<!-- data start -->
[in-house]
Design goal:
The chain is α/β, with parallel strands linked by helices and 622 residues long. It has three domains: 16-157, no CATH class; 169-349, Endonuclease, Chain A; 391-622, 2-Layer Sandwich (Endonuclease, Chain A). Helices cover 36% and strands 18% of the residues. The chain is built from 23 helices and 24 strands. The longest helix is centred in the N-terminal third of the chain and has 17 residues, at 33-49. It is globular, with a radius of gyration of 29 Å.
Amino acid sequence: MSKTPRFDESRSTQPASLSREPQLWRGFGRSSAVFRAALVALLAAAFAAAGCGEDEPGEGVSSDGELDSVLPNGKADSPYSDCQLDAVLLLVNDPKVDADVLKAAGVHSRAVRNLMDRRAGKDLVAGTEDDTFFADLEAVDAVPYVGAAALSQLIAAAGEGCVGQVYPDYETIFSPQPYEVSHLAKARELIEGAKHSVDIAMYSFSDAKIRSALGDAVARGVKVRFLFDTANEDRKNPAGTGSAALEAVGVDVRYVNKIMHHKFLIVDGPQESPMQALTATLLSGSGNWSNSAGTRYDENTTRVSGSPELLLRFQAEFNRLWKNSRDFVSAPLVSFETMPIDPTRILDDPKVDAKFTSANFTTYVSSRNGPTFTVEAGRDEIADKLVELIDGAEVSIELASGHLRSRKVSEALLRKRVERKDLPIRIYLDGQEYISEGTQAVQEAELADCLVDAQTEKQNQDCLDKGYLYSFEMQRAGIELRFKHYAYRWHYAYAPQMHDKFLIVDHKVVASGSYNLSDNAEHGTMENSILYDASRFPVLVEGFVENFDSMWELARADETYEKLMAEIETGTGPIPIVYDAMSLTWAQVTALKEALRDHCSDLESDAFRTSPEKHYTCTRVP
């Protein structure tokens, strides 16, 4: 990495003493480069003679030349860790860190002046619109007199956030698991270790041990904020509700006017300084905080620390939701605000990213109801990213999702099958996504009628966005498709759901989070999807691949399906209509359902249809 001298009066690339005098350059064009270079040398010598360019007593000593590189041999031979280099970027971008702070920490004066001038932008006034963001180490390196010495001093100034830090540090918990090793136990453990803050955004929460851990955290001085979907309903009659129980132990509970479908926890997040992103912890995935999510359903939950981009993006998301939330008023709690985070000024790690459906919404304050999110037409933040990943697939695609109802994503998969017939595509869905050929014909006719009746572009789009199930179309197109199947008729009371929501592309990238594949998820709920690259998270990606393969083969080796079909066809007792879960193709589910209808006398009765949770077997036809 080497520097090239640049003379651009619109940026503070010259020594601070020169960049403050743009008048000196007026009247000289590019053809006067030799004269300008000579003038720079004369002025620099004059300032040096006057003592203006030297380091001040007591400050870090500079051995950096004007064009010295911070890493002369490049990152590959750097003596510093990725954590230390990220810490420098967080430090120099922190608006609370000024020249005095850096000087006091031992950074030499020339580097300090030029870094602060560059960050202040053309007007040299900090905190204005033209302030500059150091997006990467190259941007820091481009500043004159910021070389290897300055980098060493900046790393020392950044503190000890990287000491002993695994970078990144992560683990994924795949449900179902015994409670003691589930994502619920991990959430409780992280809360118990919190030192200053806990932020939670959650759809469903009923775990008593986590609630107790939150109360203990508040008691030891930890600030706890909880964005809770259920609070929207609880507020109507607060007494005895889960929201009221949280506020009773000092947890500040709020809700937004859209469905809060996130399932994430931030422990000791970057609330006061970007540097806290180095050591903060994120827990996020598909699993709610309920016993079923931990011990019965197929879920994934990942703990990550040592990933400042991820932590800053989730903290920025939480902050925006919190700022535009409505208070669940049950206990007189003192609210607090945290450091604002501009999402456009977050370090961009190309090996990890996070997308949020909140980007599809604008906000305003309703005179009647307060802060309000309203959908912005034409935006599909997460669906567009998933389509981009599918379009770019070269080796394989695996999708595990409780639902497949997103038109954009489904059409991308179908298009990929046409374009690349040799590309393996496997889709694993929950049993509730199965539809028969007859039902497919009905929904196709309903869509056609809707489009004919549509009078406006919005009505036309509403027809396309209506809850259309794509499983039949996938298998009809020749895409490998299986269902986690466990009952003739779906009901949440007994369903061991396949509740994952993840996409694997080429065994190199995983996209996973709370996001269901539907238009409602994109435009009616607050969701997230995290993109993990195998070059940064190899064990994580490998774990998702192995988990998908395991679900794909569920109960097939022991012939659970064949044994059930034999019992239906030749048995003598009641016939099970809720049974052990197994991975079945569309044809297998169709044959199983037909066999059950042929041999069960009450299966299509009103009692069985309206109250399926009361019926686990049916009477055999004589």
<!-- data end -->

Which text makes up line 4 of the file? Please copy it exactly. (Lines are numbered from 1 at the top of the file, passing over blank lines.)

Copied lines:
Amino acid sequence: MSKTPRFDESRSTQPASLSREPQLWRGFGRSSAVFRAALVALLAAAFAAAGCGEDEPGEGVSSDGELDSVLPNGKADSPYSDCQLDAVLLLVNDPKVDADVLKAAGVHSRAVRNLMDRRAGKDLVAGTEDDTFFADLEAVDAVPYVGAAALSQLIAAAGEGCVGQVYPDYETIFSPQPYEVSHLAKARELIEGAKHSVDIAMYSFSDAKIRSALGDAVARGVKVRFLFDTANEDRKNPAGTGSAALEAVGVDVRYVNKIMHHKFLIVDGPQESPMQALTATLLSGSGNWSNSAGTRYDENTTRVSGSPELLLRFQAEFNRLWKNSRDFVSAPLVSFETMPIDPTRILDDPKVDAKFTSANFTTYVSSRNGPTFTVEAGRDEIADKLVELIDGAEVSIELASGHLRSRKVSEALLRKRVERKDLPIRIYLDGQEYISEGTQAVQEAELADCLVDAQTEKQNQDCLDKGYLYSFEMQRAGIELRFKHYAYRWHYAYAPQMHDKFLIVDHKVVASGSYNLSDNAEHGTMENSILYDASRFPVLVEGFVENFDSMWELARADETYEKLMAEIETGTGPIPIVYDAMSLTWAQVTALKEALRDHCSDLESDAFRTSPEKHYTCTRVP